Posted by: potomacpacemaker | June 3, 2010

Getting our bearings

We’re getting our bearings on this restoration project–we’ve established a scope of work and are beginning to make steady progress. We’re also starting to determine what needs we’ll have as far as supplies and resources, detailed later in this post.

Volunteers Andy Ray and Bob Reed, who has stepped up to serve as a volunteer project manager on the restoration, took advantage of Memorial Day to put in some work on the Potomac Pacemaker’s fuselage.

Here’s a quick breakdown of what has been done:

  • All of the cabin windows have now been removed except one of the three emergency exits.
  • The overhead passenger service units (PSU) and air outlets have been removed; however, most of the air outlet mounting brackets remain. The mounting screws will need to be drilled out since they’re badly rusted.
  • The carpet over the flooring has been removed with the exception of one small section forward of the rear bulkhead.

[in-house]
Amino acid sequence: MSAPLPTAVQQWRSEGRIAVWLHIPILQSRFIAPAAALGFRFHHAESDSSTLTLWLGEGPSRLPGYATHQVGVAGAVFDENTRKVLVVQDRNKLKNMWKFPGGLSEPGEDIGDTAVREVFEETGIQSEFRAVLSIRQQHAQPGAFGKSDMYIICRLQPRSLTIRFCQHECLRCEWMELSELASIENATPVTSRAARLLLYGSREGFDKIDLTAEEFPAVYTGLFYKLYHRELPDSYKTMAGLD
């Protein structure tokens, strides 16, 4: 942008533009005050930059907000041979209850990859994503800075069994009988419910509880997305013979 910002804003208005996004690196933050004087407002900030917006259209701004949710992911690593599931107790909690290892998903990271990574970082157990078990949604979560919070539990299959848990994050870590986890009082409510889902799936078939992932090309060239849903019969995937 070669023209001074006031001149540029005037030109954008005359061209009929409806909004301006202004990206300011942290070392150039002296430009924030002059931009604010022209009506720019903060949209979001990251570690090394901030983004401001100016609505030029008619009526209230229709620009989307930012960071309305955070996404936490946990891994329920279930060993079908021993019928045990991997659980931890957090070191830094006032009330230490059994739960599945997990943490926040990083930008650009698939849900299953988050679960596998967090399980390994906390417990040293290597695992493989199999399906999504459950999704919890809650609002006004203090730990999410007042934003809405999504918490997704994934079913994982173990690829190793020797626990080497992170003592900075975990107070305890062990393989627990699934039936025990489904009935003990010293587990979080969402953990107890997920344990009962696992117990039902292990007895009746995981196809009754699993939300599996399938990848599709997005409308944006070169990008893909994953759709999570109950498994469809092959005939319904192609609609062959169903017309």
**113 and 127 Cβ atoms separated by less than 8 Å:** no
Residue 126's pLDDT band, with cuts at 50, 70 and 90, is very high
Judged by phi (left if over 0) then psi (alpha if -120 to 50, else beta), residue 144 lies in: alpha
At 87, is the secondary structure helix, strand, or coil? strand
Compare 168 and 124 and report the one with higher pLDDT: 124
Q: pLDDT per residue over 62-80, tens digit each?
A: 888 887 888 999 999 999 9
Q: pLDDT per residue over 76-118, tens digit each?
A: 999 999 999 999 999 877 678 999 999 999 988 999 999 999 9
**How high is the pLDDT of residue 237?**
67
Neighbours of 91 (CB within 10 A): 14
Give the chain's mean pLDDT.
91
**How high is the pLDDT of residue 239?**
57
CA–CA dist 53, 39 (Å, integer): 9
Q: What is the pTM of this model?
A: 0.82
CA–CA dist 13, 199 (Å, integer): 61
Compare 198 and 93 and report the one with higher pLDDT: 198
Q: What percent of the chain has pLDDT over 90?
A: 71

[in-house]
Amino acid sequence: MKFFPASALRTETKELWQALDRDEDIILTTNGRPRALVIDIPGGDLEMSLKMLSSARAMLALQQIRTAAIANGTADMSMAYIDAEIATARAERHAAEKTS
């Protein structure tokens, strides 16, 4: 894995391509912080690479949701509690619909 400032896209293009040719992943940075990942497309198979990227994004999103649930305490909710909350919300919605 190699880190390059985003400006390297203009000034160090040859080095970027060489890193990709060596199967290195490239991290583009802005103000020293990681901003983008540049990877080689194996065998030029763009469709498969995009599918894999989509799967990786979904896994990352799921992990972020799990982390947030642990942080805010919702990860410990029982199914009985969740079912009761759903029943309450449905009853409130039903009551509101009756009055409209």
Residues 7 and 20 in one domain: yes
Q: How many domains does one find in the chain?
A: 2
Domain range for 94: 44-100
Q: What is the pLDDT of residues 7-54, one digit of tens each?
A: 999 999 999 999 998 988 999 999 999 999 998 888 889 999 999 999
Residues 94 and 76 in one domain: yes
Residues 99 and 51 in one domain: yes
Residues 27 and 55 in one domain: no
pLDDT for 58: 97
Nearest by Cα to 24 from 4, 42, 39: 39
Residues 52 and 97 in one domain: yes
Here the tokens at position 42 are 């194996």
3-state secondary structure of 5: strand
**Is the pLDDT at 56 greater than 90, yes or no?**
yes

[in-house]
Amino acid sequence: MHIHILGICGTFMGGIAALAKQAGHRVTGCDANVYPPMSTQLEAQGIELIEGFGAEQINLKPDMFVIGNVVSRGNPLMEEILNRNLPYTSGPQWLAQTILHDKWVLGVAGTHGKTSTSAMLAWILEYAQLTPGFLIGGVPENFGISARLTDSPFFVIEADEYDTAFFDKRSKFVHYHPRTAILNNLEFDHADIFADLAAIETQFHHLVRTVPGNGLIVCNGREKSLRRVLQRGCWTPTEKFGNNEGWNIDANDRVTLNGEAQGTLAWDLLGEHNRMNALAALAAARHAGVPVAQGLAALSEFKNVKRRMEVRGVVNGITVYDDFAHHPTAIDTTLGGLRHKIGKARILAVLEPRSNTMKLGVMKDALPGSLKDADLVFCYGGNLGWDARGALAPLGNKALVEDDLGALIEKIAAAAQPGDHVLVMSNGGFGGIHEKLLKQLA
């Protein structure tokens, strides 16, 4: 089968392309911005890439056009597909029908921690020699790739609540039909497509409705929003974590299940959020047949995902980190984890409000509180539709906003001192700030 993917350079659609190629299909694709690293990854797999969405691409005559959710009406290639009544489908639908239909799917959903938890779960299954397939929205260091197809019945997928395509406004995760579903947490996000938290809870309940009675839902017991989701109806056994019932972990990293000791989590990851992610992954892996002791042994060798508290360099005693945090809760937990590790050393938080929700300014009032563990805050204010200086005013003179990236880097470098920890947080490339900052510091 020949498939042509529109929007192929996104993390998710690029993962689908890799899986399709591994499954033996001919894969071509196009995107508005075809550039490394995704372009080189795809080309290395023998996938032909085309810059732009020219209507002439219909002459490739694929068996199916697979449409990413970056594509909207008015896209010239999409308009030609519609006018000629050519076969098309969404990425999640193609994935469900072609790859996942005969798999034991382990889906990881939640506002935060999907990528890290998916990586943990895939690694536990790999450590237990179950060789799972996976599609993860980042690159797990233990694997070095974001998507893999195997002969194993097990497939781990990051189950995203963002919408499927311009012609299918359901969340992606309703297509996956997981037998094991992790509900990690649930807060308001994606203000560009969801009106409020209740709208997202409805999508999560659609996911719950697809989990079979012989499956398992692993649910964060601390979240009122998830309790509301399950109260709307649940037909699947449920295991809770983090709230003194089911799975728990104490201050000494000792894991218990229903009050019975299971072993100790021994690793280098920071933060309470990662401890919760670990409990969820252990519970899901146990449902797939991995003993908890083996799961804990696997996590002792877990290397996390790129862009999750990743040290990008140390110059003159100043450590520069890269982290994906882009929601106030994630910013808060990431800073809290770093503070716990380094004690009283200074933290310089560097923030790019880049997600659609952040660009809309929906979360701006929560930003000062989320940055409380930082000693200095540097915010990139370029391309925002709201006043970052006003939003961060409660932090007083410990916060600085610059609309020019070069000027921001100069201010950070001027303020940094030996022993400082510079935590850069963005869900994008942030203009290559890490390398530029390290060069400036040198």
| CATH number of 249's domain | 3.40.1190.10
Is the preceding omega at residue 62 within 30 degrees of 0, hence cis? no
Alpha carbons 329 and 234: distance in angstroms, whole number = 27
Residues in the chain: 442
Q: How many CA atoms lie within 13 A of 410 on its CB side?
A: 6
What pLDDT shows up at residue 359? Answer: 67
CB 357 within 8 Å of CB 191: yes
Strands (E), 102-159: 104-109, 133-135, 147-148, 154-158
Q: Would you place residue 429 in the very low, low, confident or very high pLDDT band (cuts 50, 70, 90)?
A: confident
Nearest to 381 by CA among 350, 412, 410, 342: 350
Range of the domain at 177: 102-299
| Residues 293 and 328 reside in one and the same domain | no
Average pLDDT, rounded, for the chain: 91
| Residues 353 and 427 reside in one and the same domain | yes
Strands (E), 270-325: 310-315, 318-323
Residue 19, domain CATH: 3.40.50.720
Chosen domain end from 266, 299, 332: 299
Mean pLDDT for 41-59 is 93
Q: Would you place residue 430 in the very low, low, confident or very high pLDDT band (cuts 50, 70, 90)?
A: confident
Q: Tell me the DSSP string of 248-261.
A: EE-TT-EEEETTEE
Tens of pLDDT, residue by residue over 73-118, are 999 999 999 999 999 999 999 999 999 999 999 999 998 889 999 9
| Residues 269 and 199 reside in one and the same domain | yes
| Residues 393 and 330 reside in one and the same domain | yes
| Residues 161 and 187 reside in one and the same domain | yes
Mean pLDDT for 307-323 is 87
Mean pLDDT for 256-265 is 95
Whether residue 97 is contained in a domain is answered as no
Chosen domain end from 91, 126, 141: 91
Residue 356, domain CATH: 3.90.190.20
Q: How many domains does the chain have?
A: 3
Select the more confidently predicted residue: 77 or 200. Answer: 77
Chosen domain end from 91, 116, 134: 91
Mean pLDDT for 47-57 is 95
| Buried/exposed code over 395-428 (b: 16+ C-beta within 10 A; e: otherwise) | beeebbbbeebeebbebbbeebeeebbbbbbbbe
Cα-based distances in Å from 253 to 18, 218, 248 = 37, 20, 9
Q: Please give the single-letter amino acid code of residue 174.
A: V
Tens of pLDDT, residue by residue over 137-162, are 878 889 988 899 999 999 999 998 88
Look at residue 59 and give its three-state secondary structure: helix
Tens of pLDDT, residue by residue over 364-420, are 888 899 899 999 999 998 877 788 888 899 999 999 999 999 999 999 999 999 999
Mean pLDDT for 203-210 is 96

• The tail wheel strut has been removed.
  • Window frames, PSUs, air outlets, lavatory fixtures and other parts that have been removed to be used later in the restoration process, have been boxed for storage.

Work will continue on the interior of the fuselage at future work sessions. The headliner, side wall covering and insulation will be removed, as well as all the unnecessary wiring and conduit. After the cabin interior is gutted, then work will begin on the cockpit and cargo compartments.

The students at the Guilford Tech Aviation School continue their work on the parts that were taken to the school in Greensboro. Work is progressing on the vertical stabilizer and the control surfaces are nearing completion.

The Back Shop area is not the best place to restore an aircraft but we’ll do the best we can. The museum is working on acquiring a small portable building for use as a place to keep and refer to the C-47 manuals on loan from the Guilford Tech Aviation School, as well as a place where tools and other materials can be kept in a protected and clean environment.

As we progress, we find a need for tools other that our personal tools brought from home. We’re developing a “wish list” (the list is included on the Contribute page of this blog, and will be continually updated) for anyone who would like to donate items to help in this very important restoration project. We have a large air compressor that was purchased by the museum, but we’re in need of air tools. Also, basic tools such as wrenches, screw drivers, pliers, etc. are always good to have at the workplace rather than bringing tools from home.


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